David Zwirner is pleased to present an exhibition of new works by Adel
Abdessemed. Spanning both of the gallery’s 525 and 533 West 19th Street
spaces, Who’s afraid of the big bad wolf is Abdessemed’s second solo exhibition
since he joined the gallery in 2008.
Across a wide range of media, Abdessemed transforms well-known materials
and imagery into charged artistic declarations. The artist pulls freely from myriad
sources—personal, historical, social, and political—to create a visual language
that is simultaneously rich and economical, sensitive and controversial, radical
The exhibition brings together recent works that revolve around the themes
of war, violence, and spectatorship. The 525 gallery space will present works
grouped by Abdessemed as primarily concerned with the dichotomy between
meaning and matter: they include Décor, which presents four life-size sculptures
of the crucified Jesus made entirely from razor wire. Modeled after German
Renaissance painter Matthias Grünewald’s Crucifixion (a part of his Isenheim Altarpiece from 1506-1515), the contorted, twisted
figures hang against an otherwise naked wall without the structure of the cross itself. Creating a formal juxtaposition between the
hazardous qualities of the razor wire and its abstract appearance, Décor enhances the connotations of physical suffering implicit in
the subject matter, while the repetitive appearance of the sculptures creates a distinctively decorative effect.
Occupying the floor in front of Décor is a group of over thirty larger-than-life-sized microphones made from hand-blown glass.
Perhaps an allegory for the ideal of transparent communication and open dialogue, the title of the work, L’avenir est aux fantômes
(The future belongs to ghosts), is a reference to the late French philosopher Jacques Derrida, whose characterization of a variety
of phenomena as “ghosts” was highlighted in Ken McMullen’s film Ghost Dance, 1983, featuring Derrida himself. Also on view
nearby is La Grande Parade, a large installation of Abdessemed’s drawings of porcupines, weasels, tortoises, and other reptiles.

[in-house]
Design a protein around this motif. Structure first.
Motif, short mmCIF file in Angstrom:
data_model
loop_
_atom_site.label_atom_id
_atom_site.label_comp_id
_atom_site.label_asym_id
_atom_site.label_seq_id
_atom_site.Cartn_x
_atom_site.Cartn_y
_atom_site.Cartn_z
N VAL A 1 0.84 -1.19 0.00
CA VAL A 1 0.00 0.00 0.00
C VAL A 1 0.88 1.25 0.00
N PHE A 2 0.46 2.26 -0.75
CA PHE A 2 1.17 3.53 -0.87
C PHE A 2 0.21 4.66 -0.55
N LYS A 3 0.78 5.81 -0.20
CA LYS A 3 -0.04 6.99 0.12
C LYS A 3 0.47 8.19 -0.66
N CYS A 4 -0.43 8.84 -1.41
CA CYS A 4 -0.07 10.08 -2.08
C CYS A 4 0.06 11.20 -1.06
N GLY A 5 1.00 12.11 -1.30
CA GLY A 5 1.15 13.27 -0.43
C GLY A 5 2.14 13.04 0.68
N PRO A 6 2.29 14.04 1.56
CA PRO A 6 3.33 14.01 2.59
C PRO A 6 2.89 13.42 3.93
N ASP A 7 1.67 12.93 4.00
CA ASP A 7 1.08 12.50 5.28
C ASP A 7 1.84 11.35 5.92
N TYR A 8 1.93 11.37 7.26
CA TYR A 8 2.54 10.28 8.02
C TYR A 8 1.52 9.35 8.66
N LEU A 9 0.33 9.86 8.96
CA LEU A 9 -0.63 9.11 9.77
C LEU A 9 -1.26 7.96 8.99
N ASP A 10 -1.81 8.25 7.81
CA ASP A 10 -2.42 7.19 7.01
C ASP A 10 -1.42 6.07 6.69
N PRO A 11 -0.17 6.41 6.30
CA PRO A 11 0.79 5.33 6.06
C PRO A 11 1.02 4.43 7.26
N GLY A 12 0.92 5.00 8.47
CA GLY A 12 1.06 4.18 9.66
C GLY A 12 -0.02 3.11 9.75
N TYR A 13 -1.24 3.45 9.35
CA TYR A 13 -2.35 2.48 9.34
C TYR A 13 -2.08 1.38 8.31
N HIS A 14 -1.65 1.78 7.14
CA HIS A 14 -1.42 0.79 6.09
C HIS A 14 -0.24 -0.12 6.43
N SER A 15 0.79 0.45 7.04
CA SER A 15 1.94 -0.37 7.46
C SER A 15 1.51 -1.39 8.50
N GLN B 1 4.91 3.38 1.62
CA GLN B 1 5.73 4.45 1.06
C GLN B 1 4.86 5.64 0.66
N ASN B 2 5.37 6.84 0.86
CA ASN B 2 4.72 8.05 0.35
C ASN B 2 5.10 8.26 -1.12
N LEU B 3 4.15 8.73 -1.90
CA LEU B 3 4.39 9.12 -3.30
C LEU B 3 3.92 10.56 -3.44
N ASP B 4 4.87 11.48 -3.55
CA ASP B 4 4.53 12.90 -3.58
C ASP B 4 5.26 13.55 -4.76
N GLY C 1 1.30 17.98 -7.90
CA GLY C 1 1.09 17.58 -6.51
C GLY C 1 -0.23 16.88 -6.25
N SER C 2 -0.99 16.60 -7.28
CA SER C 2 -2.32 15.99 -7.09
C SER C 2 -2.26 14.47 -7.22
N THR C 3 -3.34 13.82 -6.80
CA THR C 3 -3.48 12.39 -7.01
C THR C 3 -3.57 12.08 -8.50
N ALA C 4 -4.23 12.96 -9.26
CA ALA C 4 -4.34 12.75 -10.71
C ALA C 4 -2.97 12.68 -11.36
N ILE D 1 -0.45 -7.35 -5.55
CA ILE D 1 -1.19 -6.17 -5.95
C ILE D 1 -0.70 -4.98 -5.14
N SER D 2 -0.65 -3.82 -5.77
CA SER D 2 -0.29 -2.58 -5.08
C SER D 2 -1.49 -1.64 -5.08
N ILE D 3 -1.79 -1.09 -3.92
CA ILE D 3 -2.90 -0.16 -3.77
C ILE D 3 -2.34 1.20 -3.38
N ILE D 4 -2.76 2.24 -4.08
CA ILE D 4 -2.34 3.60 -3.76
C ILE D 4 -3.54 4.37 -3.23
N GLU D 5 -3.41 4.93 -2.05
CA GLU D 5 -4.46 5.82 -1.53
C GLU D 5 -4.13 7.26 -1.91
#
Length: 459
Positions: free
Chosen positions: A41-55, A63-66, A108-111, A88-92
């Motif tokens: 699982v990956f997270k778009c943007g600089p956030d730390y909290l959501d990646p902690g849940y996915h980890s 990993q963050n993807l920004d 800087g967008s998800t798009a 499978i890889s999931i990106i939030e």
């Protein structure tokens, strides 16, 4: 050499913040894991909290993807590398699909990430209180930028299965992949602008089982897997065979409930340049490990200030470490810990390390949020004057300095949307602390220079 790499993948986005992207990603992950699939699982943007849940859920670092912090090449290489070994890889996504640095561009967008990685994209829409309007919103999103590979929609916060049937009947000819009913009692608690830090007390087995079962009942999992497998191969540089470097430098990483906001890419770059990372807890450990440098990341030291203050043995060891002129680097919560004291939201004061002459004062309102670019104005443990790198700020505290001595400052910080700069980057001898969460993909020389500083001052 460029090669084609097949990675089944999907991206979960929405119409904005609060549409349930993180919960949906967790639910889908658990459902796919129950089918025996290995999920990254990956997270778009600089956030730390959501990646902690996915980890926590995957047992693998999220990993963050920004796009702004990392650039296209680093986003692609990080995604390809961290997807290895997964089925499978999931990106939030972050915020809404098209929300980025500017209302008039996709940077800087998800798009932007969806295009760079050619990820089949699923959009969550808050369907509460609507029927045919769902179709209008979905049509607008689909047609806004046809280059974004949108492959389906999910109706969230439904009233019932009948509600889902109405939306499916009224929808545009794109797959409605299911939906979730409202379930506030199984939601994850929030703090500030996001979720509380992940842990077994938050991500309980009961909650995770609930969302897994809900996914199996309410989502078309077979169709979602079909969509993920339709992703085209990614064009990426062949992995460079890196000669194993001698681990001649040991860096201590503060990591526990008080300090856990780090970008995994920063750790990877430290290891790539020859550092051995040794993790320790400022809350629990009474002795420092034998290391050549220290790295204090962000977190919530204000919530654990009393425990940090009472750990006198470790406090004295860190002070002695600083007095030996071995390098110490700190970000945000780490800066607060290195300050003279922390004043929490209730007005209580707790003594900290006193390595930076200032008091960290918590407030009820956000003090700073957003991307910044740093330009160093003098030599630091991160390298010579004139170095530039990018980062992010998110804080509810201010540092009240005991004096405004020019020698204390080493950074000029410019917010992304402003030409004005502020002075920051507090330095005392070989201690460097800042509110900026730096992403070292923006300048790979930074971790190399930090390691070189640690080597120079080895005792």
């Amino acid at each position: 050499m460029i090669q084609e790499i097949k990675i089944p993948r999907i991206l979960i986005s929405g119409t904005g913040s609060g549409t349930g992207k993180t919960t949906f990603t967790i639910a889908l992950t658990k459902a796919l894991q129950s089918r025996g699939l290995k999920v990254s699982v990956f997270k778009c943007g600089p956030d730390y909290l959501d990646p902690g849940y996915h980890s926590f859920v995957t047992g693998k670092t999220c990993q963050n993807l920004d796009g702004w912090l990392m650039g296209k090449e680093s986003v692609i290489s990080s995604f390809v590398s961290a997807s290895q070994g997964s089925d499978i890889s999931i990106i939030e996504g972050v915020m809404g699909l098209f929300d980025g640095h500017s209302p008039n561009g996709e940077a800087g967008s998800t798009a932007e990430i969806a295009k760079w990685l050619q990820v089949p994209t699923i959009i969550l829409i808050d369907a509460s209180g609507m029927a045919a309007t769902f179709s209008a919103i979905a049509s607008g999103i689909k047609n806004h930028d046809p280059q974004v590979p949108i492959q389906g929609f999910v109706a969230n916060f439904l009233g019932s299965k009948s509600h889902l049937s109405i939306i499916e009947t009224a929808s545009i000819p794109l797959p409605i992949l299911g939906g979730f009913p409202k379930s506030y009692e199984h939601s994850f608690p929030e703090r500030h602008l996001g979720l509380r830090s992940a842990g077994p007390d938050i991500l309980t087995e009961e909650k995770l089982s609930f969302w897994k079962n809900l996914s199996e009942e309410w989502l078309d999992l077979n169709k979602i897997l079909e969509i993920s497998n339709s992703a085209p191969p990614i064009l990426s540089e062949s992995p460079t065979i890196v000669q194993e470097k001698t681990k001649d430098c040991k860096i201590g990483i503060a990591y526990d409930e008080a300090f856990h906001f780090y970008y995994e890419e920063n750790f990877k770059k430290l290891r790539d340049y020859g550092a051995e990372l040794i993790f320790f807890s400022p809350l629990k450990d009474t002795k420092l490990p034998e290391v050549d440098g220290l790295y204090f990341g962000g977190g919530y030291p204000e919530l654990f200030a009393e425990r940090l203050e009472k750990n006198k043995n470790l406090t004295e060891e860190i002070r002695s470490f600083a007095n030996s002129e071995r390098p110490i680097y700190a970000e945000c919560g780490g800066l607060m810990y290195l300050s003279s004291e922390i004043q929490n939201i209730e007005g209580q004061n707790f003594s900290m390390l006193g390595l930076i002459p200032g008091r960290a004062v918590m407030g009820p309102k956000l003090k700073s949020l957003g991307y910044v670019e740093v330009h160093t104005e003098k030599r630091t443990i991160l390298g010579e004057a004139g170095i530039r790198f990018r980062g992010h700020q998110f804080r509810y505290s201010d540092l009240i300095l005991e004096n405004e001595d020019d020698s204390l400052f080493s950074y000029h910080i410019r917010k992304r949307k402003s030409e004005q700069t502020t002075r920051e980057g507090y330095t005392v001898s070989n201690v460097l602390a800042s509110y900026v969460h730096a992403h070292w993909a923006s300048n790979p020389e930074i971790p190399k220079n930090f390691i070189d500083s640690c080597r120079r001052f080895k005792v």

Executed in the artist’s loose style, the animals have sticks of dynamite strapped to them as if presenting an allusion to modernday
In the 533 gallery space, which brings together works Abdessemed has characterized as primarily concerned with substantive
themes of hope, death, memory, and compulsion, viewers first encounter Hope, an installation of a boat found abandoned on a
beach in the Florida Keys. Used illegally to transport immigrants in pursuit of a new life to the United States, often compromising
their safety in the process, the boat is presented as it was discovered, but has been filled to the brim with black bags cast
in polyurethane resin from actual, stuffed garbage sacks. While a crude and provocative analogy between the trash and the
boat’s former passengers appears explicit, Hope presents an art historical reference to Romantic artist Caspar David Friedrich’s
apocalyptic painting from 1823-1824, The Wreck of the Hope, featuring a capsized vessel in a sea of icebergs.
Also in the 533 gallery space will be Who’s afraid of the big bad wolf, a wall installation of taxidermy animals, including wolves,
which takes its title from the famous soundtrack to Disney’s 1933 cartoon The Three Little Pigs as well as from Barnett Newman’s
version of the phrase for his series of paintings from the late 1960s, Who’s Afraid of Red, Yellow, and Blue. Following on from Abdessemed’s previous work with preserved animals, the